When you work with cancer patients, you have to know that the morphine dose you're giving could be the one that pushes them over the edge. But not to give the pain medication -- allowing the patient to suffer needlessly -- isn't the right thing, either. It sounds like this man had made his peace with his upcoming death, and was just ready. He may have been denying his 10/10 pain for days so he could get his affairs in order and say goodbye to his family with a clear head. Once that work was done, he was ready to let go, admit to the pain and receive medication for it.
You didn't do anything wrong. You don't medicate pain if the patient tells you he isn't having any. When he does admit to having pain, you called the provider and got him some pain medication. You called the family and got his daughter there in time to say goodbye. You followed his wishes. You did the right thing. Yes, the morphine may have hastened his demise, but he died comfortably and not in 10/10 pain. The provider was aware of that possibility when she gave the order. Withholding the morphine wouldn't have prolonged his LIFE, it would have just extended the dying process. That's torture. You did good.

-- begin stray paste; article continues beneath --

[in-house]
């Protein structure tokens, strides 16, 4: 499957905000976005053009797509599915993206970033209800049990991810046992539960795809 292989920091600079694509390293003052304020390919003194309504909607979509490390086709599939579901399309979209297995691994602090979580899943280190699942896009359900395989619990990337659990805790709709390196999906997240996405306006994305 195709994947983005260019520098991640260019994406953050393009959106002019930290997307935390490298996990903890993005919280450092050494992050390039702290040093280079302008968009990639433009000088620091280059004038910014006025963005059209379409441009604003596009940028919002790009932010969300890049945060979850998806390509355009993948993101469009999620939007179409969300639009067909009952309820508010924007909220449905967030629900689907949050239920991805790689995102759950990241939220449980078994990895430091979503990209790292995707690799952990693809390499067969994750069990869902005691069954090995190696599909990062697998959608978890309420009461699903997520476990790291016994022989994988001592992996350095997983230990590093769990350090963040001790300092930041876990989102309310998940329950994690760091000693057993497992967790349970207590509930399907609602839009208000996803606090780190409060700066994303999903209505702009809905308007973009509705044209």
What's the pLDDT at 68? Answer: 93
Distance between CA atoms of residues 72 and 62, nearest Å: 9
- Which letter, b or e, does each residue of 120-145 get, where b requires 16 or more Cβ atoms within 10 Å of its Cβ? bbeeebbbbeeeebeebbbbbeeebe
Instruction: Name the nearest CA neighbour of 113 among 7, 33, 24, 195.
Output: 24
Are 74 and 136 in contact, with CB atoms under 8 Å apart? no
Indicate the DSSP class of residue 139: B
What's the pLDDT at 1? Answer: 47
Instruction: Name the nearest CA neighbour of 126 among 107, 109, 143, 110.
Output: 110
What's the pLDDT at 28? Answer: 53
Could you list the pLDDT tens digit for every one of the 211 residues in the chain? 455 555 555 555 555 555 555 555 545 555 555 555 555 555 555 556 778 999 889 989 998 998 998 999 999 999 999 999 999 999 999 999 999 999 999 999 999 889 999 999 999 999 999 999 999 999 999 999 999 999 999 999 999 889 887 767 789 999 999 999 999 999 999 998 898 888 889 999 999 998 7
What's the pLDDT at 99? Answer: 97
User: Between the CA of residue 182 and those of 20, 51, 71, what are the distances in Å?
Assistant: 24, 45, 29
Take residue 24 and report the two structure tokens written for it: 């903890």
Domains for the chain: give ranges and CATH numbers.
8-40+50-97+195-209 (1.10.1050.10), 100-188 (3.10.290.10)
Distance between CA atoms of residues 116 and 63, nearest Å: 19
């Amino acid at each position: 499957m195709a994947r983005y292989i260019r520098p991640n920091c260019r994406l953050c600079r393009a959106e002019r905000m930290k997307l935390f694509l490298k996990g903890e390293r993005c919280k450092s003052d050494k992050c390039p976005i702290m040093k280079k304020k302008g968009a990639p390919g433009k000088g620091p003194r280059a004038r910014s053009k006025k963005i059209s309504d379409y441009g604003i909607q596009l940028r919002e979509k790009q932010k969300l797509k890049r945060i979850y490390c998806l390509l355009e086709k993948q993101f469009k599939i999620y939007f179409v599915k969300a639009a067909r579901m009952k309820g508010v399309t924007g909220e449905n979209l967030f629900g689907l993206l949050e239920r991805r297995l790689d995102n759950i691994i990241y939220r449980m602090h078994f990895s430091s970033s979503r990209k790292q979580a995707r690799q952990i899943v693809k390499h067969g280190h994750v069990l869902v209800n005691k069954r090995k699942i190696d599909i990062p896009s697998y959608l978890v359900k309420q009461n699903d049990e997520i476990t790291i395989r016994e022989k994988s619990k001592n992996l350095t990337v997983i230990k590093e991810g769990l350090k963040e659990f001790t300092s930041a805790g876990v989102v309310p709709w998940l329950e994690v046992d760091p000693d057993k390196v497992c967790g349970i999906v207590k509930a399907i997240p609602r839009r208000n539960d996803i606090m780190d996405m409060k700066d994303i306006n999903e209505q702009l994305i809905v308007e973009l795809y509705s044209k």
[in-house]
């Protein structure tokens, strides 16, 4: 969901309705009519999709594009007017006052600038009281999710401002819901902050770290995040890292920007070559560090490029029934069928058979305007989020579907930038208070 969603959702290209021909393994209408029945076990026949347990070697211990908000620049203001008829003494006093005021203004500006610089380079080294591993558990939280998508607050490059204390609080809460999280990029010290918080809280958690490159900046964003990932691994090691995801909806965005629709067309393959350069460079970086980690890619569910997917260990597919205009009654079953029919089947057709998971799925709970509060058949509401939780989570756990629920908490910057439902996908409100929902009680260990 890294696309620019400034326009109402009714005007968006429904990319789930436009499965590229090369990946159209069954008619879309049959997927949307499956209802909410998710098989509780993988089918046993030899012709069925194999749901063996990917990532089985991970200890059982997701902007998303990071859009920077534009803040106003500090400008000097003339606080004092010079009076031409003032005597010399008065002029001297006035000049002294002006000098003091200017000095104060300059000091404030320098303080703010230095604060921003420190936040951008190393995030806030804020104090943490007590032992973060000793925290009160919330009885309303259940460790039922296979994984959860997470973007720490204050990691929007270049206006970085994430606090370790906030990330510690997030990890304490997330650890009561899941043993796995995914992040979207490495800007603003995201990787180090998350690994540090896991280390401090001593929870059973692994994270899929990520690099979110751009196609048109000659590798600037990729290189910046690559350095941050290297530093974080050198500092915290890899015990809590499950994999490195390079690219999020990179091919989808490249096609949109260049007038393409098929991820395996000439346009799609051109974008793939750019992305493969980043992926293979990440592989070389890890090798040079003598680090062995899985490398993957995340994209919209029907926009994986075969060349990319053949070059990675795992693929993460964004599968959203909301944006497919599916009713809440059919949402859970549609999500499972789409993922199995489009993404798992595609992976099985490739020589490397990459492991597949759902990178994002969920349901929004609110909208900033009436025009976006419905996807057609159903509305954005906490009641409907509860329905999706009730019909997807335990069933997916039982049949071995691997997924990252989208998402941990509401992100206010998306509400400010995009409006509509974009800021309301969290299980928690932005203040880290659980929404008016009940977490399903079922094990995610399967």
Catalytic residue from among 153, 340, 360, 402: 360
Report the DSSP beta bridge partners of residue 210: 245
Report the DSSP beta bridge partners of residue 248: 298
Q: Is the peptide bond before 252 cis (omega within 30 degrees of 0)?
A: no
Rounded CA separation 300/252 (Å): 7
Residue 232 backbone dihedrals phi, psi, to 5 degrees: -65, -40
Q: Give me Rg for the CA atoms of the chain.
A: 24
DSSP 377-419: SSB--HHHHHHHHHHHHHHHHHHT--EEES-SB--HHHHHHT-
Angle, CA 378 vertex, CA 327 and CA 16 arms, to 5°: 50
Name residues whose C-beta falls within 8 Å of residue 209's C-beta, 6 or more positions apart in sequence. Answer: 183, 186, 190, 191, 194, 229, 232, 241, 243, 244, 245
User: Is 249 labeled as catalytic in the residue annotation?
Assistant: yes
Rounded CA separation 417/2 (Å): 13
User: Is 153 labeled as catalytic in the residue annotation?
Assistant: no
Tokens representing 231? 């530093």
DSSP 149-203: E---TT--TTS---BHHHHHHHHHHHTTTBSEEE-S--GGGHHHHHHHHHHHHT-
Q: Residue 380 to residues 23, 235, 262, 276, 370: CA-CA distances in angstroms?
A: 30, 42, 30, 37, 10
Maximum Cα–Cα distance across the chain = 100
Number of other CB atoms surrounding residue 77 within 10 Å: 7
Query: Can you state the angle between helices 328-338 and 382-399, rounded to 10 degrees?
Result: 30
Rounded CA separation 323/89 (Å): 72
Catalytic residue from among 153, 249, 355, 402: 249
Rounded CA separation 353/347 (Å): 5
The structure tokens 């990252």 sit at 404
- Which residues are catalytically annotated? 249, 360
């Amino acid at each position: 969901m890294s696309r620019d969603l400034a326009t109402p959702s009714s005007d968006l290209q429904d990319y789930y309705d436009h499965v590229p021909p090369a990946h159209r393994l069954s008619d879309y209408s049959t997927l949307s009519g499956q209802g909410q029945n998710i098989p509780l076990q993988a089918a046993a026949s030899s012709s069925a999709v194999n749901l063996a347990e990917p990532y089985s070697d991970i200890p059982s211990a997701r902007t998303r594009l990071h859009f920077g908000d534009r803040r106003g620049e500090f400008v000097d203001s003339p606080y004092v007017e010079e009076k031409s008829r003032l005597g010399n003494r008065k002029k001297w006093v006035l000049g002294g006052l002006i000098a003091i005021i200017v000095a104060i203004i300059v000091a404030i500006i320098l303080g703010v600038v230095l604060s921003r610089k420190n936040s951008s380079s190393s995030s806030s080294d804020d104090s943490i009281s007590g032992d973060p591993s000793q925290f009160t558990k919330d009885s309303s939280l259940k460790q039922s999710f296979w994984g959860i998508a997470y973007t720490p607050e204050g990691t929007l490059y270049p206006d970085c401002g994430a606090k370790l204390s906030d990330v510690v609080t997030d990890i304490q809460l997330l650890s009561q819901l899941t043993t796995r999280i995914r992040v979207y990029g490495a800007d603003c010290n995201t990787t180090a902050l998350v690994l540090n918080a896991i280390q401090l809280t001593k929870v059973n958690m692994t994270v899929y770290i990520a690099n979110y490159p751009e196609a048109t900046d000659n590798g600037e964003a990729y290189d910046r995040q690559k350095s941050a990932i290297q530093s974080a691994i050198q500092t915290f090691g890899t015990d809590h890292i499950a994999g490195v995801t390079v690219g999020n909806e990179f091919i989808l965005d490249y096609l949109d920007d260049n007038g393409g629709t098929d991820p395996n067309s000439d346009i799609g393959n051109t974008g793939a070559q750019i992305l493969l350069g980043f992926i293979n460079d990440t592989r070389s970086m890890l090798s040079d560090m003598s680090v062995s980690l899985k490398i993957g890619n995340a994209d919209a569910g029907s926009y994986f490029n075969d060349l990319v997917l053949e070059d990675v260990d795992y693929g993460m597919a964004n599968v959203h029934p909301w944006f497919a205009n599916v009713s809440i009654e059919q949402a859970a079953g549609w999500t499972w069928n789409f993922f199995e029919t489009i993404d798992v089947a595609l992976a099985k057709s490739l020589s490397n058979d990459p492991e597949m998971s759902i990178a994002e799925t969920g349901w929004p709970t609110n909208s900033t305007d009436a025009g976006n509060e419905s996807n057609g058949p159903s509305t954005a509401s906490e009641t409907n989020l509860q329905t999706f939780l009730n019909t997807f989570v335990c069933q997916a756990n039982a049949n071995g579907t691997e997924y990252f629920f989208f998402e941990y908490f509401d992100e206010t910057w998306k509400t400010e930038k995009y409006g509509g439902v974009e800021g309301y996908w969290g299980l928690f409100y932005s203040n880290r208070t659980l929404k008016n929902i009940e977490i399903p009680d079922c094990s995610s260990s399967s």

It sounds like you could use a little debriefing. Is there a nurse educator, a mentor, or someone you could talk to about this? An Employee Assistance Program where you work? If not, journalling helps a lot. Just put pen to paper or fingers to keyboard and write for 20 minutes. If you don't know what to write about, write that. Whenever I do that, I find that by the end of 20 minutes, I've written out the question that was bothering me, and if I don't have the answer yet, I'm always halfway there.